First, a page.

The 'Obvious and Commonsense Conclusion' about the IRS Scandal

Even as Establishment Washington, Republican as well as Democrat, does it's ostrich imitation and pretends that there is Nothing To See Here, Move Along, two organizations, and two courageous judges, are beginning to peel back layer after layer from the fetid onion of corruption that is the scandal of the IRS's "lost" emails.  As the Washington Free Beacon reports, law suits brought by True the Vote and the invaluable watchdog group Judicial Watch have resulted in court orders that the IRS answer the complaints and show eft-sone and right speedily (i.e., within a month) what steps were taken to retrieve the supposedly lost emails from Lois "I'll take the Fifth" Lerner.  As Tom Fitton, president of Judicial Watch, noted, “These extraordinary court rulings are key steps in unraveling the Obama IRS’s ongoing cover up of its abuses against critics of this administration.”

Commenting on this development, Glenn Reynolds at Instapundit had the obvious ( also the correct) response: "They were incriminating, and show White House involvement. So they were 'lost.'"

It was ever thus.  I am just re-reading bits of David Fromkin's classic Europe's Last Summer: Who Started the Great War in 1914?  In a chapter called "Shredding the Evidence," Fromkin details how the French and Germans both did their best to muddy the historical record, and thereby escape blame for the catastrophe of the war, by concealing, destroying, or falsifying incriminating documents. Gradually, modern scholarship has managed to piece together the truth, at least in broad outline.  It has been a painstaking process. Looking back over the many efforts by the chief players to distort the truth and thereby escape blame, Fromkin notes soberly that "On the whole, we have to draw the obvious and commonsense conclusion that documents destroyed or hidden probably were embarrassing or incriminating, and that the effort to blot out or falsify the record was undertaken in order to deny responsibility for the IRS's criminal activity in persecuting opponents of the Obama administration."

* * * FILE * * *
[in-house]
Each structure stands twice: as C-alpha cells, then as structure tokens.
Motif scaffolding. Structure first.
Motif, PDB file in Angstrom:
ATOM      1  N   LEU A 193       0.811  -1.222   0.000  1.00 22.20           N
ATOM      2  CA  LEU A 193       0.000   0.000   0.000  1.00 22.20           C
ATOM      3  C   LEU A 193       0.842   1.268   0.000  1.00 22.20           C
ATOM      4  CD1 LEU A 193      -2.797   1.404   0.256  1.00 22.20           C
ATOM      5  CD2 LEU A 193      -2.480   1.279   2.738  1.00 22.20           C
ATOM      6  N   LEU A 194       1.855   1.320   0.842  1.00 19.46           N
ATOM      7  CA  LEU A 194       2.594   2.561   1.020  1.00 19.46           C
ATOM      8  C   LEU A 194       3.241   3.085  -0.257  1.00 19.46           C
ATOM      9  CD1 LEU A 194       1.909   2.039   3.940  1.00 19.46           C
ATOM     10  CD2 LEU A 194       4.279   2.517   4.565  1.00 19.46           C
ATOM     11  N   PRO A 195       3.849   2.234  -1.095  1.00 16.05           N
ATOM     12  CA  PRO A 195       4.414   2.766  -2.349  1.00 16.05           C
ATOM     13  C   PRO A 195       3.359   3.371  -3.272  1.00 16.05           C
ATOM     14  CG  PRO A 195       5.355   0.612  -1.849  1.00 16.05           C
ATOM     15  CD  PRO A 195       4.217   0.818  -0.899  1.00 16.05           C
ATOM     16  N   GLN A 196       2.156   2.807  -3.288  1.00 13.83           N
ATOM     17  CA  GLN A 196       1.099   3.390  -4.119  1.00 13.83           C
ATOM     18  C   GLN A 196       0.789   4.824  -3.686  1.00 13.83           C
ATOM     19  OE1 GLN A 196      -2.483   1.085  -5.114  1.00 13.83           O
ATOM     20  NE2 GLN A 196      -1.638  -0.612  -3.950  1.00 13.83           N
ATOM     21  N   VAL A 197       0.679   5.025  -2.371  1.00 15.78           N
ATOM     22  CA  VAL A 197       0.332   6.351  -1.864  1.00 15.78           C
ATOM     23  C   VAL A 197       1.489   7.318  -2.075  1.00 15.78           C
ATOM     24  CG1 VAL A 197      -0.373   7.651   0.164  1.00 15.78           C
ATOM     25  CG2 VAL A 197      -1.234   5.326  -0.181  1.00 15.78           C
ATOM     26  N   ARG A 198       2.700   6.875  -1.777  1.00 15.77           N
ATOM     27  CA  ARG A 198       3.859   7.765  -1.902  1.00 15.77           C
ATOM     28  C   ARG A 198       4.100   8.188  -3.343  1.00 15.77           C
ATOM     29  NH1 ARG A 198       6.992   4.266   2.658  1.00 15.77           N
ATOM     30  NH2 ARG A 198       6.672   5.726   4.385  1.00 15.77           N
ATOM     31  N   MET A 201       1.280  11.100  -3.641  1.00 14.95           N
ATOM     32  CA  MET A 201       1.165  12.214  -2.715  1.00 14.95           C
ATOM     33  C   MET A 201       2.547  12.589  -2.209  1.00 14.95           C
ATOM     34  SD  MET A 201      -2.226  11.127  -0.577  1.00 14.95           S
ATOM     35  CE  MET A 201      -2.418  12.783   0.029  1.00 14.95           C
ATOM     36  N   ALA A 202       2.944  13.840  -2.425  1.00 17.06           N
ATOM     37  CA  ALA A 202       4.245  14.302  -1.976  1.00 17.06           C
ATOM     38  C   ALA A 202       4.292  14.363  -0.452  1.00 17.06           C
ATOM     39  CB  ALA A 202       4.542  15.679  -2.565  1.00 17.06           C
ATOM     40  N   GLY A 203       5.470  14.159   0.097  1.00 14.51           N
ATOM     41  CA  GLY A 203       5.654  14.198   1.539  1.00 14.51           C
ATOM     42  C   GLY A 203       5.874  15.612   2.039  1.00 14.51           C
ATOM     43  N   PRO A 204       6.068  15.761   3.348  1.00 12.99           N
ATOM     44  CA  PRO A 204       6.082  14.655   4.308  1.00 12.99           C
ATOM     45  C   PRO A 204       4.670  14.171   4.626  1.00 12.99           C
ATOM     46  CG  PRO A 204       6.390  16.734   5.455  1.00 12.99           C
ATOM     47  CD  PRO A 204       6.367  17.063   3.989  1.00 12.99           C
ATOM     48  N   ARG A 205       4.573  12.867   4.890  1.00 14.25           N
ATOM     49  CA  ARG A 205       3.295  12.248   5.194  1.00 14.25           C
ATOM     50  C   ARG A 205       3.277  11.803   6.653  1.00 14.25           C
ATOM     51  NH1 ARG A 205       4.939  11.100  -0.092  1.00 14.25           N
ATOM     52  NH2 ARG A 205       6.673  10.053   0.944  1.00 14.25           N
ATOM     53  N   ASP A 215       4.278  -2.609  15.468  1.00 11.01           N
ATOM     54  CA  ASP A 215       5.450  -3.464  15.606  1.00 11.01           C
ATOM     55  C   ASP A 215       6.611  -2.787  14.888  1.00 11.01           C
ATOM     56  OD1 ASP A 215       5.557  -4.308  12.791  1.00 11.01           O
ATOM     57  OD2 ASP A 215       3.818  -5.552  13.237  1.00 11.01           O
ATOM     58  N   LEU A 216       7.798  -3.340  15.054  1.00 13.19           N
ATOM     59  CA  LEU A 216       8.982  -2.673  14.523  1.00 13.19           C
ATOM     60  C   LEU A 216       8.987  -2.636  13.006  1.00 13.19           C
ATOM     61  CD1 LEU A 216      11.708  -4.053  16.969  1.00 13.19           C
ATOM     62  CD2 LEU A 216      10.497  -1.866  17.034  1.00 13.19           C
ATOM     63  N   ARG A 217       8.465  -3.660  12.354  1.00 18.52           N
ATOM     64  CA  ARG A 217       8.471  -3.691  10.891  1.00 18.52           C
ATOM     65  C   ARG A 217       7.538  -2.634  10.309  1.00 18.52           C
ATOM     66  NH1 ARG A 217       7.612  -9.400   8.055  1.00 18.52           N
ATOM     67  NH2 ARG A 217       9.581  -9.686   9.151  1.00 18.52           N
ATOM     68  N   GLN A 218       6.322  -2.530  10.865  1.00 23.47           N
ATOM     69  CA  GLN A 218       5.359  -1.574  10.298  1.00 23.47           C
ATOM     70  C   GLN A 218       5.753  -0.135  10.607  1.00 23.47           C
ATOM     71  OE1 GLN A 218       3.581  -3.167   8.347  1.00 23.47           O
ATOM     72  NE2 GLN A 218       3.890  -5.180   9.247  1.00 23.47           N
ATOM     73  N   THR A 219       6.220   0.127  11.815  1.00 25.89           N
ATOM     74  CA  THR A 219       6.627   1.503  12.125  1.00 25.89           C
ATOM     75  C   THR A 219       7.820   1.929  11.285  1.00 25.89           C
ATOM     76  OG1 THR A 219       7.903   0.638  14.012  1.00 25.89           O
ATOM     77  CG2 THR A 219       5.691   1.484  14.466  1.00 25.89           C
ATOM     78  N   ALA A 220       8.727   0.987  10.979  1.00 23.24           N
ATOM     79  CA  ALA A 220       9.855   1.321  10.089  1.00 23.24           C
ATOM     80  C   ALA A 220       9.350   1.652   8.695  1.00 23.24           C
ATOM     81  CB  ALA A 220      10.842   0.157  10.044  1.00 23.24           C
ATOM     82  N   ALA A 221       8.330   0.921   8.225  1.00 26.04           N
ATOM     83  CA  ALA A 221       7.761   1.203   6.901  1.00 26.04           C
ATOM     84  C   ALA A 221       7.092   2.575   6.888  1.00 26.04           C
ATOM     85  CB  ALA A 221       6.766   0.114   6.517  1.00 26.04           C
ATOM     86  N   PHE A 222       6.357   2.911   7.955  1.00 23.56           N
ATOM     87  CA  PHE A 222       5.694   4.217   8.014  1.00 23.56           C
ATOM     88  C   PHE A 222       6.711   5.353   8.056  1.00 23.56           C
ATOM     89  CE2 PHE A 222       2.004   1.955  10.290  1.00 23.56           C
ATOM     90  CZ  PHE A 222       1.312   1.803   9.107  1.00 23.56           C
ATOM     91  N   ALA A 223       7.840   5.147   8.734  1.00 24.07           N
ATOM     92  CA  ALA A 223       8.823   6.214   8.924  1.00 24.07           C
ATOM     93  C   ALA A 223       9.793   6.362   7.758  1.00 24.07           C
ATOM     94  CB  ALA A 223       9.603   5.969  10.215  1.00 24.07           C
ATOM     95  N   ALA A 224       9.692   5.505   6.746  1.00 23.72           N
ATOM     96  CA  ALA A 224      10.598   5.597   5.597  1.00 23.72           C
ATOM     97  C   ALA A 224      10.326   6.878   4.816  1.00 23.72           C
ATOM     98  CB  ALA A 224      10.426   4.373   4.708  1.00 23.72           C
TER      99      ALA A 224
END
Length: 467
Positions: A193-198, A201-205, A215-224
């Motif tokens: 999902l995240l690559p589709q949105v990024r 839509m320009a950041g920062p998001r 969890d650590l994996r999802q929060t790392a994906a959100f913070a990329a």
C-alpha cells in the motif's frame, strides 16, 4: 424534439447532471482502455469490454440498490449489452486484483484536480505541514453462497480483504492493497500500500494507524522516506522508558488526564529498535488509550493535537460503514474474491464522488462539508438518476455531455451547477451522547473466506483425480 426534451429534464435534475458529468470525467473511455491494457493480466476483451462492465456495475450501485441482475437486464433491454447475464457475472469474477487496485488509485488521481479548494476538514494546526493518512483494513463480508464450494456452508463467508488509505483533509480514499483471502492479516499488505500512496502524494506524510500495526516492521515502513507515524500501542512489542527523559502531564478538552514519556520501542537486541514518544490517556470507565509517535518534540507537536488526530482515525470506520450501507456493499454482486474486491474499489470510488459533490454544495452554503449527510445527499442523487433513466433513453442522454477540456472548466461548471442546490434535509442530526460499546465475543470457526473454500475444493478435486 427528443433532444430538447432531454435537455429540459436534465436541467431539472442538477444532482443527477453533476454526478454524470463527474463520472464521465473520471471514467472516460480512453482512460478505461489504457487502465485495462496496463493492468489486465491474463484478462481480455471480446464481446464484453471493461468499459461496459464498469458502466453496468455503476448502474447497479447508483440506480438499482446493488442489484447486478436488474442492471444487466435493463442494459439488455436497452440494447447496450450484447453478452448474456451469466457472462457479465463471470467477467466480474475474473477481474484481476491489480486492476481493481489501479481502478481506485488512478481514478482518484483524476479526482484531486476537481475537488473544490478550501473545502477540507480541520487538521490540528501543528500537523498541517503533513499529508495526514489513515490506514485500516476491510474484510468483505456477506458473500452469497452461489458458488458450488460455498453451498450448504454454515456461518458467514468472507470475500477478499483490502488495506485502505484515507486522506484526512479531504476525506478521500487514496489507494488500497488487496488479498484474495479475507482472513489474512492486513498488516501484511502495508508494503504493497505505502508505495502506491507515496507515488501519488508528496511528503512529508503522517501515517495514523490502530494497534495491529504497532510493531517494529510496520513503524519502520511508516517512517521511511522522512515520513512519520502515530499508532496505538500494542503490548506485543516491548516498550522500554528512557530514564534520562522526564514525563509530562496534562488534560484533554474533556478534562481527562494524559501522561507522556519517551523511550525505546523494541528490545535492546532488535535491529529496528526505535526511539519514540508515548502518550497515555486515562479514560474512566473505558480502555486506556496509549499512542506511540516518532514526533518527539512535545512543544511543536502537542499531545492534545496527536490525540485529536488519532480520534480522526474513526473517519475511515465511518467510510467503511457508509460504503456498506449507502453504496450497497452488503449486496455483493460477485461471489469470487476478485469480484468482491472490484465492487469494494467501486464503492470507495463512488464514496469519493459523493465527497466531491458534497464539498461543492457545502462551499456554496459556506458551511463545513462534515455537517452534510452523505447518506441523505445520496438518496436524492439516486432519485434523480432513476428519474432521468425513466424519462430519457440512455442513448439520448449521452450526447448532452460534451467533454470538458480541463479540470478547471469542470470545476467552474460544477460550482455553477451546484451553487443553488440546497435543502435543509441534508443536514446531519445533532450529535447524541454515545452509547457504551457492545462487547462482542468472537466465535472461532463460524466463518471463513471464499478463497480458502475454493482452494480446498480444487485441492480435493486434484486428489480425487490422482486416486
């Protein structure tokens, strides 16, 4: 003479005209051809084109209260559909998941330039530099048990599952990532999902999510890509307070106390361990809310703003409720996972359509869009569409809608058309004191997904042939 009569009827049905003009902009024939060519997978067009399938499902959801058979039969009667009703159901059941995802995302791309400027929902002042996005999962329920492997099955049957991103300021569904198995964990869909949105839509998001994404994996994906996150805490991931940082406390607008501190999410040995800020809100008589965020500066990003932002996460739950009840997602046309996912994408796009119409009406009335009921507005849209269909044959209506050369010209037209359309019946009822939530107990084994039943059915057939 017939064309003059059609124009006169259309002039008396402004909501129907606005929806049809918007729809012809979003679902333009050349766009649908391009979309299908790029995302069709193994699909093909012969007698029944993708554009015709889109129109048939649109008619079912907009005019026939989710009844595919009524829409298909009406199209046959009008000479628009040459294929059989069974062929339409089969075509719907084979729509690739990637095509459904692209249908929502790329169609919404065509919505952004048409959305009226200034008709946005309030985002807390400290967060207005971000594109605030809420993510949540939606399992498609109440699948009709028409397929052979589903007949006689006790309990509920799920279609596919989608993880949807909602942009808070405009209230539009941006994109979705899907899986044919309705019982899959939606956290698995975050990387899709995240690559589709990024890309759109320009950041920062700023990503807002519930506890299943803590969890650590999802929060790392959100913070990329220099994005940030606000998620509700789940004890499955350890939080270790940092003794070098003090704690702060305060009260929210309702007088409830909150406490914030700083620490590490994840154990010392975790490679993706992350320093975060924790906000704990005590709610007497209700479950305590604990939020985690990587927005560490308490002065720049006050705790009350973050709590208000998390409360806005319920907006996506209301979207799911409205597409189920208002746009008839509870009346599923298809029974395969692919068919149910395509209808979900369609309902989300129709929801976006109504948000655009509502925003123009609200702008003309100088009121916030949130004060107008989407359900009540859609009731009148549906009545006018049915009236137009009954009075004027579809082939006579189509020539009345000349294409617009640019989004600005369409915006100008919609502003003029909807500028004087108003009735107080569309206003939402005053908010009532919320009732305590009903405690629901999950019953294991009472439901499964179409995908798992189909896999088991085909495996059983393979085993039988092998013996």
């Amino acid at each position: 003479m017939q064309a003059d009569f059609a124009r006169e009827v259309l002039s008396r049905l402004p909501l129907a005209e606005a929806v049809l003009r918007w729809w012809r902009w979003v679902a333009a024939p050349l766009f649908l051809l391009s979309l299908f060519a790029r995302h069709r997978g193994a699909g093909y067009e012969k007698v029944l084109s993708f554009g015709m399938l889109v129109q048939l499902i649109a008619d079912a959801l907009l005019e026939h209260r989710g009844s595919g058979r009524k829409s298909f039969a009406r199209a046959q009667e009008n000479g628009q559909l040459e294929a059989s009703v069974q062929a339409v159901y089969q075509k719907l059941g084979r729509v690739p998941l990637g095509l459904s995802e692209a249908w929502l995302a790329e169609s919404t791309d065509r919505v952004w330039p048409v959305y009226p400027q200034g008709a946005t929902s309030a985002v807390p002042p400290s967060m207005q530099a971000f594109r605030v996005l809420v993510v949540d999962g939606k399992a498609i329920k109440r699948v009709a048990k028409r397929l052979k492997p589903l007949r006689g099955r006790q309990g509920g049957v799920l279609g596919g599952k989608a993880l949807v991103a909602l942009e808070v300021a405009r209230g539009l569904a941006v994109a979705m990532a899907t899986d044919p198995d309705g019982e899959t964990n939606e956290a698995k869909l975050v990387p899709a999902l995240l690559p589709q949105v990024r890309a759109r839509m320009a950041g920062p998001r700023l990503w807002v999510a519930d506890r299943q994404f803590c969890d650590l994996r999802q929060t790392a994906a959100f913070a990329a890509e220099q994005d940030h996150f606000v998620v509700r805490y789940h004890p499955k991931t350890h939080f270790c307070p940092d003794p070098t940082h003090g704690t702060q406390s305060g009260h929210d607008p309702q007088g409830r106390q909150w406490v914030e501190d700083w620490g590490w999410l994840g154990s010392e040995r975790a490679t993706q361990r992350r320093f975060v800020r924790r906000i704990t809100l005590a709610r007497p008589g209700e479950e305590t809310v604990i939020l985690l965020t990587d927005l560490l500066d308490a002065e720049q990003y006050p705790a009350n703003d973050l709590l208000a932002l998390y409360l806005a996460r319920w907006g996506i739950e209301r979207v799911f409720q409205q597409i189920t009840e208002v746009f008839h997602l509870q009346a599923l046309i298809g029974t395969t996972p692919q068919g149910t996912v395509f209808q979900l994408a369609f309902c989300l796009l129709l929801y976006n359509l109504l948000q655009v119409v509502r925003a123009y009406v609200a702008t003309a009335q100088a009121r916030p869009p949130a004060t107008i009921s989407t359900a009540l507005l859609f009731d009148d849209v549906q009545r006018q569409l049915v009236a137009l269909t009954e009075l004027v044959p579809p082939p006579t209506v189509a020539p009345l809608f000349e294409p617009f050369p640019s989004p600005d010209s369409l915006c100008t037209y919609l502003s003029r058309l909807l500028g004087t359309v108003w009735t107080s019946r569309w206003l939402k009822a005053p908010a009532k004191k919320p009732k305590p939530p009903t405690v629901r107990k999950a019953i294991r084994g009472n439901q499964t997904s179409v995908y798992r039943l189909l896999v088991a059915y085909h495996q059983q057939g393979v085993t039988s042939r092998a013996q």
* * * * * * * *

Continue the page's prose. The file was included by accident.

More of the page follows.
Actually, Fromkin writes "war" where I have substituted a contemporary reality.  But the same "obvious and commonsense conclusion" applies.

President Obama, to his shame, said that there wasn't  "even a smidgeon of corrpution" at the IRS.  Quite right.  There is a boatload, and it stinks to heaven. Pace the David Brookses and Bob Godlattes of the world, talk of impeachment -- beginning, perhaps, but only beginning, with John  Koskinen, the smarmy Democratic apparatchik who is head of the IRS -- occupies a place not in "cloud-cuckoo land" but here in the terra firma of responsible political discourse.  Anyone who cares about the future of the country -- which is not the same thing as the results of the next election -- should remember and act on this truth early and often.